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Publication numberUS20080137479 A1
Publication typeApplication
Application numberUS 11/583,435
Publication dateJun 12, 2008
Filing dateOct 19, 2006
Priority dateOct 19, 2006
Publication number11583435, 583435, US 2008/0137479 A1, US 2008/137479 A1, US 20080137479 A1, US 20080137479A1, US 2008137479 A1, US 2008137479A1, US-A1-20080137479, US-A1-2008137479, US2008/0137479A1, US2008/137479A1, US20080137479 A1, US20080137479A1, US2008137479 A1, US2008137479A1
InventorsOyvind Syljuasen, Jostein Lima, Even Oscar Andersen
Original AssigneeOyvind Syljuasen, Jostein Lima, Even Oscar Andersen
Export CitationBiBTeX, EndNote, RefMan
External Links: USPTO, USPTO Assignment, Espacenet
Method for interpreting seismic data using a digitizing display tablet
US 20080137479 A1
Abstract
A method for interpreting seismic data includes displaying seismic data on a graphic digitizing tablet. At least one data point is entered into a seismic data interpretation program by contacting a write end of a digitizing stylus to the digitizing tablet at a user-selected position within the displayed seismic data.
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Claims(7)
1. A method for interpreting seismic data, comprising:
displaying seismic data on a graphic digitizing tablet; and
entering at least one data point to a seismic data interpretation program by contacting a write end of a digitizing stylus to the digitizing tablet at a user-selected position within the displayed seismic data.
2. The method of claim 1 further comprising entering a plurality of data points into the program corresponding to at least one feature in the seismic data by maintaining contact between the write end of the stylus and the tablet and moving the stylus along the feature.
3. The method of claim 1 further comprising deleting at least one data point from the seismic interpretation program by contacting an erase end of the stylus to the digitizing tablet at a user-selected position within the displayed seismic data.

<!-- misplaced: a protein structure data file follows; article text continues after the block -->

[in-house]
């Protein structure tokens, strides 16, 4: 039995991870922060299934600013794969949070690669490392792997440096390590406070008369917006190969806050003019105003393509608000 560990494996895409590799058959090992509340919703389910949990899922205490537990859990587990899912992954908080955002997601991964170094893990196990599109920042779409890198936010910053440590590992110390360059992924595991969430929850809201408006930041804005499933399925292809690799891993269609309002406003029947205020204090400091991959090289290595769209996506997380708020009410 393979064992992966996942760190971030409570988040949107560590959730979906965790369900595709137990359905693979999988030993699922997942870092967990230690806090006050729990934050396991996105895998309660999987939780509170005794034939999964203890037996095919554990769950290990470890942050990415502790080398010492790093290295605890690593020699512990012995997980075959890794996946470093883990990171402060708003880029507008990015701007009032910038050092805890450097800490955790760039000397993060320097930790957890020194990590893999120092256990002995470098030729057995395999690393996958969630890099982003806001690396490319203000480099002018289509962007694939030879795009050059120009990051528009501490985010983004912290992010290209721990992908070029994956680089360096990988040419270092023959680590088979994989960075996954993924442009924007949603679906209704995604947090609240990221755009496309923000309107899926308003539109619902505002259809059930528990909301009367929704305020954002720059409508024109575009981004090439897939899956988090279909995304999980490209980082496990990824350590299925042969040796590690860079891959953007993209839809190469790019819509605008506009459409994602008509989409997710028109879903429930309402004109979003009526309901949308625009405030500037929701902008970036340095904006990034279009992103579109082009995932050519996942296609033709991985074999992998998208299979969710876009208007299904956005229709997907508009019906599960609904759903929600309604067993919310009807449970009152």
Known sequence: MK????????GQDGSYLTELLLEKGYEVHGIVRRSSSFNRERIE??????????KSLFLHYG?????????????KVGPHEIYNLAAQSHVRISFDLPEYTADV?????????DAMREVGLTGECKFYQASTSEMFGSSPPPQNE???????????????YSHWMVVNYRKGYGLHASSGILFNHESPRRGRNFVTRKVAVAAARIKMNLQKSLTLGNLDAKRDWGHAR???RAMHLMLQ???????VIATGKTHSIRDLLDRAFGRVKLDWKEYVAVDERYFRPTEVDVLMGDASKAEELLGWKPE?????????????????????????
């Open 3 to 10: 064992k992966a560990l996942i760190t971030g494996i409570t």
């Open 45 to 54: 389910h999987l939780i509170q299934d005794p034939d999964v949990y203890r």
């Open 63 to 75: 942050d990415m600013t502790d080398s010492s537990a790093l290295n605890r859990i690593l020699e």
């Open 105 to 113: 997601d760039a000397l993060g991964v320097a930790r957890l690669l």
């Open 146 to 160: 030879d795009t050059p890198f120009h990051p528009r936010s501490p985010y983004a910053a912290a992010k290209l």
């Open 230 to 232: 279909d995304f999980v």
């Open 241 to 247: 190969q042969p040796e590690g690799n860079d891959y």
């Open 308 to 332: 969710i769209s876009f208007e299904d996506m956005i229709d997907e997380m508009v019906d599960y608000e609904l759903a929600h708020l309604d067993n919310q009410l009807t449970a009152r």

4. The method of claim 1 further comprising deleting a plurality of data points from the program corresponding to at least one feature in the seismic data by maintaining contact between the erase end of the stylus and the tablet and moving the stylus along the feature.
5. The method of claim 1 further comprising adjusting a line width of data entered into the interpretation program by adjusting a contact pressure between the stylus and the digitizing tablet.
6. The program of claim 1 further comprising adjusting a contact pressure between the stylus and the tablet to relate a user-selected characteristic to the at least one data point.
7. The program of claim 6 wherein the user-selected characteristic comprises at least one of line width and display color.
Description
CROSS-REFERENCE TO RELATED APPLICATIONS

Not applicable.

STATEMENT REGARDING FEDERALLY SPONSORED RESEARCH OR DEVELOPMENT

Not applicable.

BACKGROUND OF THE INVENTION

1. Field of the Invention

The invention relates generally to the field of computerized interpretation of seismic data. More specifically, the invention relates to methods for interpreting seismic data that use a digitizing display tablet for operator input.

2. Background Art

Seismic surveying is used to evaluate structures of, compositions of, and fluid content of subsurface earth formations. A particular application for seismic surveying is to infer the presence of useful materials, such as petroleum, in the subsurface earth formations. Generally, seismic surveying includes deploying an array of seismic sensors at or near the earth's surface, and deploying a seismic energy source near the sensors also at or near the surface. The seismic energy source is actuated and seismic energy emanates from the source, traveling generally downwardly through the subsurface until it reaches one or more acoustic impedance boundaries. Seismic energy is reflected from the one or more impedance boundaries, where it then travels upwardly until being detected by one or more of the sensors. Structure and composition of the subsurface is inferred from the travel time of the seismic energy, and the amplitude and other attributes of the detected seismic energy.